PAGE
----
Spectacular pictures of the uncommon “Inexperienced Comet” that graces our skies

A rare “green” comet is crossing our solar system and astrophotographers have snapped photos. Although not yet visible to the naked eye, this comet, named C/2022 E3 (ZTF), could be when it makes its closest approach to Earth on February 1, but you must probably be in a very dark place . As of now, you’ll need a telescope or binoculars to see it for yourself. The images here were taken with an exposure time of several minutes.

This comet is also called “Green Comet” because of its greenish color. Professor Paul Wiegert of Western University in Canada said comets contain carbonaceous molecules that break down under the sun’s ultraviolet light. Among other things, this produces dicarbon molecules that produce the eerie green glow associated with some comets.

Our main photo is from Arizona photographer Chris Schur, and he points out that the comet has a rare sun-facing antitail.

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“The gas tail is the bluish-white ray that extends to the left,” Schur explained via email. “The broad, fan-like dust tail points downwards and is a beautiful golden-yellow hue. The amazing anti-tail faces to the right and also has a beautiful golden hue.”

Chris said he carefully edited the comet’s head region so that it clearly shows the comet’s star-like nucleus surrounded by a blue-green glow of ionized carbon atoms.

We have more photos from around the world below, sourced from the Universe Today and Twitter Flickr pool.

Comet 2022 E3 captured with a Vixen VSD 100mm F3.8 astrograph, 50 x 20 sec with a Nikon Z7II @ iso 1600 in the foothills of Tucson AZ. Credit & Copyright: Eliot Herman.

C/2022 E3 (ZTF) was discovered in March 2022 by astronomers using the Zwicky Transient Facility wide-field survey camera at Palomar Observatory in California. Astronomers have been able to trace its orbit and found that it flies past Earth for the first time in about 50,000 years and will not be seen again in thousands of years.

As skywatchers know, comet brightness is notoriously unpredictable, but C/2022 E3 (ZTF) should become more visible over the next few days.

Comet C/2022 E3 (ZTF) captured in Armenia, near the city of Dilijan. 20 January 2022. Credit & Copyright: Dmitry Kolesnikov

Comets can also change their appearance quickly, as shown in these two images by Andrew McCarthy. The first picture is from January 19th, and his picture here is heavily processed:

Here is my first attempt to capture the “Green Comet”, Comet c/2022 E3 (ZTF). This was particularly challenging due to the humid conditions and clouds, but I’m thrilled I was able to capture it at all! pic.twitter.com/t2VGEnfKX8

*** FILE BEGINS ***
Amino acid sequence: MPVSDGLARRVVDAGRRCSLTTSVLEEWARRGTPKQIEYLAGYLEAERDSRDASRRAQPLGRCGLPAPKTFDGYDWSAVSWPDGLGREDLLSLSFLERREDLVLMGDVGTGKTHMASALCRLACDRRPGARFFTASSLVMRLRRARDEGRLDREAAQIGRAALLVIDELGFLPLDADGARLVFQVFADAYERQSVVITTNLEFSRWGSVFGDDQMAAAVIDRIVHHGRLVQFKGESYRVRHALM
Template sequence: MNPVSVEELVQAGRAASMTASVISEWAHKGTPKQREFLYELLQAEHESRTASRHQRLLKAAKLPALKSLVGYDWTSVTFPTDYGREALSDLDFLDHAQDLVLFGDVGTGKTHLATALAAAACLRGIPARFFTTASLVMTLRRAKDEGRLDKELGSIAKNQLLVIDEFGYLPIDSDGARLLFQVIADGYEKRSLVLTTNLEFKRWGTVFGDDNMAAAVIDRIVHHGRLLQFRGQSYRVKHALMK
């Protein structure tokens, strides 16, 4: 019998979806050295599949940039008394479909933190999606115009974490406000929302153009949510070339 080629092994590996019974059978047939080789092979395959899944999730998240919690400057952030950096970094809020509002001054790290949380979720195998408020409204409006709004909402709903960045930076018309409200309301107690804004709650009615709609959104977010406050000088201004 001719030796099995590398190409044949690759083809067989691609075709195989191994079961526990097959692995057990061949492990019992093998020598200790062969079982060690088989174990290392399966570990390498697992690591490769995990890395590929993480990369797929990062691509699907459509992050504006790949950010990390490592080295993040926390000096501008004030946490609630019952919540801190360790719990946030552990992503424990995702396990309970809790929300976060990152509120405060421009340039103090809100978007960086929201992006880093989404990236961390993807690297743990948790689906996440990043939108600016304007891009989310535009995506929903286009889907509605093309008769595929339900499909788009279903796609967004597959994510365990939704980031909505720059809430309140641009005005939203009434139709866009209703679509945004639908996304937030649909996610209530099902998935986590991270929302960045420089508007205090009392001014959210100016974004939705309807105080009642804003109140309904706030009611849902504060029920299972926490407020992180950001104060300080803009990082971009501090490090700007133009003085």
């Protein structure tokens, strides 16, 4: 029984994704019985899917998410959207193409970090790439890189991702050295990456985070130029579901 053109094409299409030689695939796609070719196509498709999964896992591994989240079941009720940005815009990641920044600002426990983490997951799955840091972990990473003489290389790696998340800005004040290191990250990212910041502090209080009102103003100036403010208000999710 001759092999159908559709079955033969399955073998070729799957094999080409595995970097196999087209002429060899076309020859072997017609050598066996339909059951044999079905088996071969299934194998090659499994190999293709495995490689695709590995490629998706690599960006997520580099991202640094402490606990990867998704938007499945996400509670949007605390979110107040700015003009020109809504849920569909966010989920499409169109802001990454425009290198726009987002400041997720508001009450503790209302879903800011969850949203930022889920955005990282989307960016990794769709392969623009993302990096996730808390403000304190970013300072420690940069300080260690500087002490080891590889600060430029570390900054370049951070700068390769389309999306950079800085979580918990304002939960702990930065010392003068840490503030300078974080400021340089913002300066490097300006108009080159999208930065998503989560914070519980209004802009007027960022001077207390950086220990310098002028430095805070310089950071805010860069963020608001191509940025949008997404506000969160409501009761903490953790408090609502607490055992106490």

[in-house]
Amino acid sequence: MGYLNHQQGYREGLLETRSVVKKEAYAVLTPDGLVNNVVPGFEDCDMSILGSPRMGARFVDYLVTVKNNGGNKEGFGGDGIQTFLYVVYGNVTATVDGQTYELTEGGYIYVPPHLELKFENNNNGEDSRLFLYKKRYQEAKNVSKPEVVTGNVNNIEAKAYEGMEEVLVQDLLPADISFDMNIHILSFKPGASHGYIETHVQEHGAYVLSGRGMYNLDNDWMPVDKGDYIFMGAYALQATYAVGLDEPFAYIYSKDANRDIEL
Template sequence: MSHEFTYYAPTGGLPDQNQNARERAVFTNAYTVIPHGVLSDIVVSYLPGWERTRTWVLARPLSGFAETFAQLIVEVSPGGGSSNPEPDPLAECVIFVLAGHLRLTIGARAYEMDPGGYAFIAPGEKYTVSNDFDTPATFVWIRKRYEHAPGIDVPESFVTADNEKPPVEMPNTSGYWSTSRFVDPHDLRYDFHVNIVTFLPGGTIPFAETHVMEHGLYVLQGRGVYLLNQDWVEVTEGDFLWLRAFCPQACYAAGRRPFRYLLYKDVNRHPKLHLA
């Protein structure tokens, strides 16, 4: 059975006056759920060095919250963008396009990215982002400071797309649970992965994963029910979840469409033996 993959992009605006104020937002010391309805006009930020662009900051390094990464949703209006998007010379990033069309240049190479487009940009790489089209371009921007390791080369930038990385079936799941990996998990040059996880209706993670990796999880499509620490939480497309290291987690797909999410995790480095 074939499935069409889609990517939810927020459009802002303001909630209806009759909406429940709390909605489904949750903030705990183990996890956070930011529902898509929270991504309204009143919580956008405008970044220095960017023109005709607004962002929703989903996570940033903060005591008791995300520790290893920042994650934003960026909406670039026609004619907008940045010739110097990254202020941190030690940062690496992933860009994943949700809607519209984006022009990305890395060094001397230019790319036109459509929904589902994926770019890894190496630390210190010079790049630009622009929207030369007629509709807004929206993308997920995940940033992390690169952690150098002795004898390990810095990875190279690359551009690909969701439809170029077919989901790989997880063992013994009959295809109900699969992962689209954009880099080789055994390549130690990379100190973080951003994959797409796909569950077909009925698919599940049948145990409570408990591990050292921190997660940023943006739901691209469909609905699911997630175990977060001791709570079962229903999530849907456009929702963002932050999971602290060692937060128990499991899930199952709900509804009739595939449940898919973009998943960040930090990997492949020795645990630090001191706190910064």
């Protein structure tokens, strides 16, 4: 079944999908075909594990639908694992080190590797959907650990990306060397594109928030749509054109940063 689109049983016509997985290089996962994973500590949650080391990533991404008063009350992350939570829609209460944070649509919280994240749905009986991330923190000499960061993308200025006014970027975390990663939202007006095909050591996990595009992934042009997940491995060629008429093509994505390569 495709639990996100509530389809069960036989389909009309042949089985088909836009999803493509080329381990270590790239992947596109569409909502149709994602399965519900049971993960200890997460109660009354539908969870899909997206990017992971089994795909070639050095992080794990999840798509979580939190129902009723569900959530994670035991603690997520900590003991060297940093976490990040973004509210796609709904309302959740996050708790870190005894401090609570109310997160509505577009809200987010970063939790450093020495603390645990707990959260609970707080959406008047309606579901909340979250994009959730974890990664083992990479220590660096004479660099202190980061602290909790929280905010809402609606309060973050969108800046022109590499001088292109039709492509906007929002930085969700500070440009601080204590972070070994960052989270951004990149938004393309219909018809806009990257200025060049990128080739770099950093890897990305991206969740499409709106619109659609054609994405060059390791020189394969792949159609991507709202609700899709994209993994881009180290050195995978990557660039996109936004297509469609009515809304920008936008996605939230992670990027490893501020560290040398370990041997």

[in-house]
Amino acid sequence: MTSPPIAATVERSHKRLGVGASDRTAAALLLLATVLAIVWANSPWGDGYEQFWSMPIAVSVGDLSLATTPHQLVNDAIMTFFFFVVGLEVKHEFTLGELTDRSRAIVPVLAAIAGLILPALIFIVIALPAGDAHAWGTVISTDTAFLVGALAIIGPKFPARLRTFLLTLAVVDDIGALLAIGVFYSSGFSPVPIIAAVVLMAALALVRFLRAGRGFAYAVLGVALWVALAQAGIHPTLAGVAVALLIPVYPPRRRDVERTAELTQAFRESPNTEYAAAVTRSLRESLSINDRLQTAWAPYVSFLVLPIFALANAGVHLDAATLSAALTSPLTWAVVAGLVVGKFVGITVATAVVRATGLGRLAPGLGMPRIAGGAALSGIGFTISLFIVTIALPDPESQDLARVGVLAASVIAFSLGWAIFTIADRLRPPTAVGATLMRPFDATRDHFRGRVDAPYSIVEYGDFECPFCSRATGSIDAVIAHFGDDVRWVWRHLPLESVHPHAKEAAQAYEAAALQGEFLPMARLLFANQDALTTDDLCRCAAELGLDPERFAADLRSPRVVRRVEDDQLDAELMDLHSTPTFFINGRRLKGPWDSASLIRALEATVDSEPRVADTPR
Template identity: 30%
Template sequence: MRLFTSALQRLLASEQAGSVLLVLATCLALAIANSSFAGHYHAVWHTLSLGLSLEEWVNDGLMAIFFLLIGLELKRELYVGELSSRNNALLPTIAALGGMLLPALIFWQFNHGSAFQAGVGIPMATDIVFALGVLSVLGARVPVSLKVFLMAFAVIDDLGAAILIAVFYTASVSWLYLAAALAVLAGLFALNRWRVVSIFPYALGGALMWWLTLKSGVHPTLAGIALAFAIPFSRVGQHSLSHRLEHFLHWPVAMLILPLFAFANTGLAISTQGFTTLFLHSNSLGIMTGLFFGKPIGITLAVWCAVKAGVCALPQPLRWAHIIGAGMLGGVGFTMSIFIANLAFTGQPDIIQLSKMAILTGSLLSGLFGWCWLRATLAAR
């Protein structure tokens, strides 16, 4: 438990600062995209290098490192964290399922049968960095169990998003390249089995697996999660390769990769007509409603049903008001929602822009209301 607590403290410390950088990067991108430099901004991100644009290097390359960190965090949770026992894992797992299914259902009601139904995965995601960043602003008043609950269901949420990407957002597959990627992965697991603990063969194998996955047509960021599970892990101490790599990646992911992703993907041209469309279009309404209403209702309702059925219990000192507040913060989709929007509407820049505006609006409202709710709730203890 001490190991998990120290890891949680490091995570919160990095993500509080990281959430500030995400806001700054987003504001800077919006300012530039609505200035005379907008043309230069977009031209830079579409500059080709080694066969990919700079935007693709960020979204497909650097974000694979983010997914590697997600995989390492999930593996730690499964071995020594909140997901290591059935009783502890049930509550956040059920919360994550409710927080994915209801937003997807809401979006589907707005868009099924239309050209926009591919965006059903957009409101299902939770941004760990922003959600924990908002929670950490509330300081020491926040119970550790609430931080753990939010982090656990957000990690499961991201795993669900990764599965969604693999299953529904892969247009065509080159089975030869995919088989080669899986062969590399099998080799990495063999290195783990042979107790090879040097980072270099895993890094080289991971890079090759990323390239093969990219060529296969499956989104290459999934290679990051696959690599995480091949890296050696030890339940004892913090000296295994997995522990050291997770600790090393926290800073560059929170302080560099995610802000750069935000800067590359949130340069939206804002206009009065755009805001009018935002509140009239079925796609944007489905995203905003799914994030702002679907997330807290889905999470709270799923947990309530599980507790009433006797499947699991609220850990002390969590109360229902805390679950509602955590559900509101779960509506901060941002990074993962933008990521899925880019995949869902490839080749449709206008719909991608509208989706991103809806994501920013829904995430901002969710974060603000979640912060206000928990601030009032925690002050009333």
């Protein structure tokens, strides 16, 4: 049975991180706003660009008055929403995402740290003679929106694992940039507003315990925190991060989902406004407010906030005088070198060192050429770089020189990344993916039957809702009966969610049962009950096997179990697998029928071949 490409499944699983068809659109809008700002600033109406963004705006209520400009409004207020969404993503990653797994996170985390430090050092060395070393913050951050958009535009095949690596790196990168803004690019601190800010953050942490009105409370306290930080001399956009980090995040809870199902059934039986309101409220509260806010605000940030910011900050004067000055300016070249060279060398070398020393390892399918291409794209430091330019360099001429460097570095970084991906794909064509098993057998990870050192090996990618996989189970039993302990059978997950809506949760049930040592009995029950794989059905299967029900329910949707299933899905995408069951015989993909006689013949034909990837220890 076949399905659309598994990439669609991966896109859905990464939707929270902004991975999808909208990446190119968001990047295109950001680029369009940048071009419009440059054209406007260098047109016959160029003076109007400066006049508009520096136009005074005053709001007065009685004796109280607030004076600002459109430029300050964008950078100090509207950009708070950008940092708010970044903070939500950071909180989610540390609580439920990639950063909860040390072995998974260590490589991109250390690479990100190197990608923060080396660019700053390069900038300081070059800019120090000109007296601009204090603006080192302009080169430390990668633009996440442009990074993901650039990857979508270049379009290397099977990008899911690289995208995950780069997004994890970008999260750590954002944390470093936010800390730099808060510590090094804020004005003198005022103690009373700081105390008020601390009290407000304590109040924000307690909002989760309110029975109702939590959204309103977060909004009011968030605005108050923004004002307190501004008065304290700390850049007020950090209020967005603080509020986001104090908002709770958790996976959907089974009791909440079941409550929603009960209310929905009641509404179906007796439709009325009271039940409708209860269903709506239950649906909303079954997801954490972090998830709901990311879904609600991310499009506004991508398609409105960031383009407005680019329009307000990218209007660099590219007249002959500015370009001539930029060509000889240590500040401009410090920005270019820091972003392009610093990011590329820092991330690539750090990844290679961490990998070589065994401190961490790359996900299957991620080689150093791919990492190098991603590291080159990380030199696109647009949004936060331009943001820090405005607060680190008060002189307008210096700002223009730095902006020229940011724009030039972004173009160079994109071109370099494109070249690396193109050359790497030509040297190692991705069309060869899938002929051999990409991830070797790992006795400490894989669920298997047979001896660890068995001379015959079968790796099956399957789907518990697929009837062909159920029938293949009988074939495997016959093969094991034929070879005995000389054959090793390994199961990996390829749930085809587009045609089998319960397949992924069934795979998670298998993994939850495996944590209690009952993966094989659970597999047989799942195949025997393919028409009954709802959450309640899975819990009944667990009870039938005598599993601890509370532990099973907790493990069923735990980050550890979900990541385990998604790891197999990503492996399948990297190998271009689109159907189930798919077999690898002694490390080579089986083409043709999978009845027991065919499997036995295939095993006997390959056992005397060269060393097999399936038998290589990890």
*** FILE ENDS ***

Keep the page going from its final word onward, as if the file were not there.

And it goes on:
— Andrew McCarthy (@AJamesMcCarthy) January 19, 2023

A few days later (and with less processing), the comet looks dramatically different. Some changes may have occurred due to coronal mass ejection from the Sun

Still chasing the Green Comet. Comets change quite quickly as they get closer to the sun. In this case, the ion tail appears much less dramatic than in my previous image, and the dust tail flaps out in a broad fan shape, something I’ve never seen in a comet before. pic.twitter.com/ZcM3a96LHp

— Andrew McCarthy (@AJamesMcCarthy) January 22, 2023

One of our favorite astrophotographers, Alan Dyer never disappoints! Here is his view from Canada:

Comet C/2022 E3 (ZTF) on the night of January 22-23, 2023 when it was in Draco, with it near the reddish star Edasich (also known as Iota Draconis) above and that of the edge visible galaxy NGC 5907 below comet . The comet’s dust tail showed a strong anti-tail peak before the comet’s greenish coma, since that was two days before we crossed the plane of the comet’s orbit when we would see its dust tail “edgy.” The comet’s coma is a strong cyan or green from glowing diatomic carbon molecules common to comets. In my recordings that night there was little sign of the blue ion tail. Credit & Copyright: Alan Dyer.

#C2022E3 #ZTF taken by Antonio J. Robles @AJ_Robles on January 19th from Estepa, Seville, Spain with a C14 + ASI2600 at f:1.9 (Hyperstar).
A 300 s exposure image was enough to show its curved, dusty (yellow) tail, long plasma tail and its really bright and “green” coma ?? pic.twitter.com/ewzaUdD1zV

— DR. Josep M. Trigo ??#PlanetaryDefense #DART HERA (@Josep_Trigo) January 19, 2023

Would you like to try and see for yourself? Here’s an animation from Western University showing where the comet will be visible in the sky:

The path of Comet C/2022 E3 (ZTF) can be seen in this animated GIF created by Stellarium.

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